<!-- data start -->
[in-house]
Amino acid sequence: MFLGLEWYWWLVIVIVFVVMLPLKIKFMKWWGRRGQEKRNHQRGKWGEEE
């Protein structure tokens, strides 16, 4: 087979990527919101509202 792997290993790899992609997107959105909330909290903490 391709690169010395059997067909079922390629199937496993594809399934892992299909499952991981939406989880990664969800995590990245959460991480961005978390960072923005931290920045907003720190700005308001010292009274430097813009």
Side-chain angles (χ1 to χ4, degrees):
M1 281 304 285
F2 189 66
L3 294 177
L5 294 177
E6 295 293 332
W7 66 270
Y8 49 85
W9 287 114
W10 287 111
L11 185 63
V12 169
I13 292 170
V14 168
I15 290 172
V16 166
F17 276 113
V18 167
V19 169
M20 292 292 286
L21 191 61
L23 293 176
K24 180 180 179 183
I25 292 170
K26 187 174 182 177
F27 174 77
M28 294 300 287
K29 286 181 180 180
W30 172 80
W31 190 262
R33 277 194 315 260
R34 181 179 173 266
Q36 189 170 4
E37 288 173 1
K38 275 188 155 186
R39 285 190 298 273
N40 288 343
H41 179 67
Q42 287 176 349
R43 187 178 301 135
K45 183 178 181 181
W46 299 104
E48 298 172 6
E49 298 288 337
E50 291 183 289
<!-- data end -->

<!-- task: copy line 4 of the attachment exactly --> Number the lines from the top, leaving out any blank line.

Side-chain angles (χ1 to χ4, degrees):